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Longitudinal HIV care outcomes by gender identity in the United States

Describe engagement in HIV care over time after initial engagement in HIV care, by gender identity. Observational, clinical cohort study of people with HIV engaged in routine HIV care across the United States. We followed people with HIV who linked to and engaged in clinical care (attending ≥2 visits in 12 months) in cohorts in the North American Transgender Cohort Collaboration, 2000-2018. Within strata of gender identity, we estimated the 7-year (84-month) restricted mean time spent: lost-to-clinic (stratified by pre/postantiretroviral therapy (ART) initiation); in care prior to ART initiation; on ART but not virally suppressed; virally suppressed (≤200 copies/ml); or dead (pre/post-ART initiation). Transgender women ( N  = 482/101 841) spent an average of 35.5 out of 84 months virally suppressed (this was 30.5 months for cisgender women and 34.4 months for cisgender men). After adjustment for age, race, ethnicity, history of injection drug use, cohort, and calendar year, transgender women were significantly less likely to die than cisgender people. Cisgender women spent more time in care not yet on ART, and less time on ART and virally suppressed, but were less likely to die compared with cisgender men. Other differences were not clinically meaningful. In this sample, transgender women and cisgender people spent similar amounts of time in care and virally suppressed. Additional efforts to improve retention in care and viral suppression are needed for all people with HIV, regardless of gender identity.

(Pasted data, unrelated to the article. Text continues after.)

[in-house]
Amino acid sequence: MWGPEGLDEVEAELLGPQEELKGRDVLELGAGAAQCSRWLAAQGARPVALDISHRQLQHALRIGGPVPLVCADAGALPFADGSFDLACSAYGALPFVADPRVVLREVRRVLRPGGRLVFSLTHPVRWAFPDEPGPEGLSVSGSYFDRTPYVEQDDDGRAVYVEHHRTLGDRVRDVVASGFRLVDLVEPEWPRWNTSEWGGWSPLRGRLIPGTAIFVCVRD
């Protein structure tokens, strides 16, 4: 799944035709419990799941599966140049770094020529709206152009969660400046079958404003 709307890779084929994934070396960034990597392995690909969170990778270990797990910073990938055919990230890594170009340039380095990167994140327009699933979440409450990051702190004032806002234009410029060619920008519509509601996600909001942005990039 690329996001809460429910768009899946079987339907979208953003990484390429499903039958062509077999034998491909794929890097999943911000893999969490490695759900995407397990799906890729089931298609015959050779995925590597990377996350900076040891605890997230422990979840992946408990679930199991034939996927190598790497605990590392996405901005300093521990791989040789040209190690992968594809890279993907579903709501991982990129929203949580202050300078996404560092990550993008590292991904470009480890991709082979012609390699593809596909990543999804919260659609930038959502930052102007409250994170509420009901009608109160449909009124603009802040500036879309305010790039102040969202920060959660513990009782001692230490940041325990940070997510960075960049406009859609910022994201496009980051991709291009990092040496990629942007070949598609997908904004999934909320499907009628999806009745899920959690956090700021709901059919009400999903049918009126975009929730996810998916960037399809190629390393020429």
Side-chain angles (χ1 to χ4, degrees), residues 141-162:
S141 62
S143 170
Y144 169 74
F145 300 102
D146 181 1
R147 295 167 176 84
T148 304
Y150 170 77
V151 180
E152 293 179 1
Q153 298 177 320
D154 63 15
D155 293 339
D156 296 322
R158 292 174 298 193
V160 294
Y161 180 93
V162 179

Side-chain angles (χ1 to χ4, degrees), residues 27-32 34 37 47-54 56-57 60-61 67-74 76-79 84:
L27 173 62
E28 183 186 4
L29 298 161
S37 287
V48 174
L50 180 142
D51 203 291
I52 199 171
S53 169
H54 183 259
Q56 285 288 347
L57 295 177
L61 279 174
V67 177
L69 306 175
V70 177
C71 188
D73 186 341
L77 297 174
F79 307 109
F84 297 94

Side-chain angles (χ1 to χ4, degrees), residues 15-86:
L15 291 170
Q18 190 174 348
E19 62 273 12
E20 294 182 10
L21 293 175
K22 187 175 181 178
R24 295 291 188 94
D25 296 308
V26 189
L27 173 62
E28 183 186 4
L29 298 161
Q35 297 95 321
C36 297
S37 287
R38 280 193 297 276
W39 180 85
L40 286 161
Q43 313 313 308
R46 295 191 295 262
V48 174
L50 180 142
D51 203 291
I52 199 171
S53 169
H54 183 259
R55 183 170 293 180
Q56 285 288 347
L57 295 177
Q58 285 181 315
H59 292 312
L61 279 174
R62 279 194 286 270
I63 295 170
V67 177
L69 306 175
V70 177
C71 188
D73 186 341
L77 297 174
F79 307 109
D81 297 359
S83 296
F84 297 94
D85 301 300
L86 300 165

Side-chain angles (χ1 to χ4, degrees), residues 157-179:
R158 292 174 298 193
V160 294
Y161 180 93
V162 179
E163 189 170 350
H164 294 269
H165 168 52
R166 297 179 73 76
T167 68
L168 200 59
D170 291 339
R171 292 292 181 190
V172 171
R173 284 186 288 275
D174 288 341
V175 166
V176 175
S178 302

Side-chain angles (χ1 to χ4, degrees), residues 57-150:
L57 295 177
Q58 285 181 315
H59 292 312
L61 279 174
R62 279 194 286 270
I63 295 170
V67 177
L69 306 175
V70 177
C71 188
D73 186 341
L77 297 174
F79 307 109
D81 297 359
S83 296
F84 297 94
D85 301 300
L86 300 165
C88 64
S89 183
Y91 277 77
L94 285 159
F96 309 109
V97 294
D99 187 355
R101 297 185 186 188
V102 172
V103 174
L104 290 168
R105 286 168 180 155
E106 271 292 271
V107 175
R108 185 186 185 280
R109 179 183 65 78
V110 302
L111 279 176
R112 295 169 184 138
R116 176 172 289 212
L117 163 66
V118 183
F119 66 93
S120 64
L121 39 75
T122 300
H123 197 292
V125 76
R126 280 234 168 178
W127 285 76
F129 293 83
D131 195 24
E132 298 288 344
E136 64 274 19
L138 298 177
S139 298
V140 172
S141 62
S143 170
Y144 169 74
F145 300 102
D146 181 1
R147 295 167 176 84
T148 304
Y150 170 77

Authors: Lesko, Catherine R; Silverberg, Michael J; Poteat, Tonia C; et al.

AIDS. 2022 11 01;36(13):1841-1849. Epub 2022-07-21.

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